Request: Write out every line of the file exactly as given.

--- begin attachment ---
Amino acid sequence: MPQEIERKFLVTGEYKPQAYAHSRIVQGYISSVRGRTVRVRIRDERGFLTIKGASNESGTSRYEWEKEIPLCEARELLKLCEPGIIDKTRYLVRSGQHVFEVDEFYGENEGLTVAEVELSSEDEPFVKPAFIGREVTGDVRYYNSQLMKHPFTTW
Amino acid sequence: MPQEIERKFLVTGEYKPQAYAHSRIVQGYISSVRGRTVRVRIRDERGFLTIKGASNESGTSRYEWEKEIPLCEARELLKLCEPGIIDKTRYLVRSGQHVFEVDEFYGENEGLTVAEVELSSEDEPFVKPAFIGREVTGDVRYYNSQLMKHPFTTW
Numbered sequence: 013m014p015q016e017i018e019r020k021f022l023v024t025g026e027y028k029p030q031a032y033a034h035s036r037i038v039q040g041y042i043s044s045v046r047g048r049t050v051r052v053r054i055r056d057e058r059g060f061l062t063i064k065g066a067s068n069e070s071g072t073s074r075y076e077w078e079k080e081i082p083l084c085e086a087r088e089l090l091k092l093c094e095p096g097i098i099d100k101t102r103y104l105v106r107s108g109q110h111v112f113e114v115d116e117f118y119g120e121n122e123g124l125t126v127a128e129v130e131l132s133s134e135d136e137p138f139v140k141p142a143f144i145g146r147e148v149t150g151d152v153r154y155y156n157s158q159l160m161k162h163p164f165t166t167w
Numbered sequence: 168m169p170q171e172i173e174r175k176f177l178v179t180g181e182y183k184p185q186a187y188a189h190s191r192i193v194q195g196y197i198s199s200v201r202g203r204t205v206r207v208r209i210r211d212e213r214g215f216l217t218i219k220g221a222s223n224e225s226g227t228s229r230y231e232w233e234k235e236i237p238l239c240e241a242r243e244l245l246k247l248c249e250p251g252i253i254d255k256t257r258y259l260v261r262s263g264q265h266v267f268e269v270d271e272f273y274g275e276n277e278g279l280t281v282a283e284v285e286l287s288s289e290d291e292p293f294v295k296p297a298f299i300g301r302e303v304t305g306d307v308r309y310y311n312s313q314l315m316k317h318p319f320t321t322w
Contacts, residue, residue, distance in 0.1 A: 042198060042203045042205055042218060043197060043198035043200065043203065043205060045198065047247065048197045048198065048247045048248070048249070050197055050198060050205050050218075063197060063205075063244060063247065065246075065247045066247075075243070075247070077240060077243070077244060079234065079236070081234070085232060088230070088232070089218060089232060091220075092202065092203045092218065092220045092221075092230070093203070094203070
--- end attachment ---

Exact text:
Amino acid sequence: MPQEIERKFLVTGEYKPQAYAHSRIVQGYISSVRGRTVRVRIRDERGFLTIKGASNESGTSRYEWEKEIPLCEARELLKLCEPGIIDKTRYLVRSGQHVFEVDEFYGENEGLTVAEVELSSEDEPFVKPAFIGREVTGDVRYYNSQLMKHPFTTW
Amino acid sequence: MPQEIERKFLVTGEYKPQAYAHSRIVQGYISSVRGRTVRVRIRDERGFLTIKGASNESGTSRYEWEKEIPLCEARELLKLCEPGIIDKTRYLVRSGQHVFEVDEFYGENEGLTVAEVELSSEDEPFVKPAFIGREVTGDVRYYNSQLMKHPFTTW
Numbered sequence: 013m014p015q016e017i018e019r020k021f022l023v024t025g026e027y028k029p030q031a032y033a034h035s036r037i038v039q040g041y042i043s044s045v046r047g048r049t050v051r052v053r054i055r056d057e058r059g060f061l062t063i064k065g066a067s068n069e070s071g072t073s074r075y076e077w078e079k080e081i082p083l084c085e086a087r088e089l090l091k092l093c094e095p096g097i098i099d100k101t102r103y104l105v106r107s108g109q110h111v112f113e114v115d116e117f118y119g120e121n122e123g124l125t126v127a128e129v130e131l132s133s134e135d136e137p138f139v140k141p142a143f144i145g146r147e148v149t150g151d152v153r154y155y156n157s158q159l160m161k162h163p164f165t166t167w
Numbered sequence: 168m169p170q171e172i173e174r175k176f177l178v179t180g181e182y183k184p185q186a187y188a189h190s191r192i193v194q195g196y197i198s199s200v201r202g203r204t205v206r207v208r209i210r211d212e213r214g215f216l217t218i219k220g221a222s223n224e225s226g227t228s229r230y231e232w233e234k235e236i237p238l239c240e241a242r243e244l245l246k247l248c249e250p251g252i253i254d255k256t257r258y259l260v261r262s263g264q265h266v267f268e269v270d271e272f273y274g275e276n277e278g279l280t281v282a283e284v285e286l287s288s289e290d291e292p293f294v295k296p297a298f299i300g301r302e303v304t305g306d307v308r309y310y311n312s313q314l315m316k317h318p319f320t321t322w
Contacts, residue, residue, distance in 0.1 A: 042198060042203045042205055042218060043197060043198035043200065043203065043205060045198065047247065048197045048198065048247045048248070048249070050197055050198060050205050050218075063197060063205075063244060063247065065246075065247045066247075075243070075247070077240060077243070077244060079234065079236070081234070085232060088230070088232070089218060089232060091220075092202065092203045092218065092220045092221075092230070093203070094203070